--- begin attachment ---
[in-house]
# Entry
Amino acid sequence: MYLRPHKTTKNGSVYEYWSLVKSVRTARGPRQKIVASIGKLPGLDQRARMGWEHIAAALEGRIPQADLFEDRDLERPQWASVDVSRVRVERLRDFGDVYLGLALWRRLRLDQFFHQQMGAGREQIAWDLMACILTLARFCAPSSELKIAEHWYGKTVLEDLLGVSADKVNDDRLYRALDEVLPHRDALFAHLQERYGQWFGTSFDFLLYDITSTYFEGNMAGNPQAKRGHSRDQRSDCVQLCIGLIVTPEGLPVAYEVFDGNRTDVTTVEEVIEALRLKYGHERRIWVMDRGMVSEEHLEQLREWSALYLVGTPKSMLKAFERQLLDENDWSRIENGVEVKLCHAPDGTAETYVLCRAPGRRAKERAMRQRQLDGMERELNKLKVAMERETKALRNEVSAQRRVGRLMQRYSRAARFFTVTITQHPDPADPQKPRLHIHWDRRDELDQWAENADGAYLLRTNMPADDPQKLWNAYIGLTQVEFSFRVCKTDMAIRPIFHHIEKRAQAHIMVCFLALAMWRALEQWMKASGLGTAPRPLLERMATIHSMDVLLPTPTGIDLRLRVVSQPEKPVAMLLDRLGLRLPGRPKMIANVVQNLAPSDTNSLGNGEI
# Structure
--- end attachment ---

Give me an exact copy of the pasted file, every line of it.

[in-house]
# Entry
Amino acid sequence: MYLRPHKTTKNGSVYEYWSLVKSVRTARGPRQKIVASIGKLPGLDQRARMGWEHIAAALEGRIPQADLFEDRDLERPQWASVDVSRVRVERLRDFGDVYLGLALWRRLRLDQFFHQQMGAGREQIAWDLMACILTLARFCAPSSELKIAEHWYGKTVLEDLLGVSADKVNDDRLYRALDEVLPHRDALFAHLQERYGQWFGTSFDFLLYDITSTYFEGNMAGNPQAKRGHSRDQRSDCVQLCIGLIVTPEGLPVAYEVFDGNRTDVTTVEEVIEALRLKYGHERRIWVMDRGMVSEEHLEQLREWSALYLVGTPKSMLKAFERQLLDENDWSRIENGVEVKLCHAPDGTAETYVLCRAPGRRAKERAMRQRQLDGMERELNKLKVAMERETKALRNEVSAQRRVGRLMQRYSRAARFFTVTITQHPDPADPQKPRLHIHWDRRDELDQWAENADGAYLLRTNMPADDPQKLWNAYIGLTQVEFSFRVCKTDMAIRPIFHHIEKRAQAHIMVCFLALAMWRALEQWMKASGLGTAPRPLLERMATIHSMDVLLPTPTGIDLRLRVVSQPEKPVAMLLDRLGLRLPGRPKMIANVVQNLAPSDTNSLGNGEI
# Structure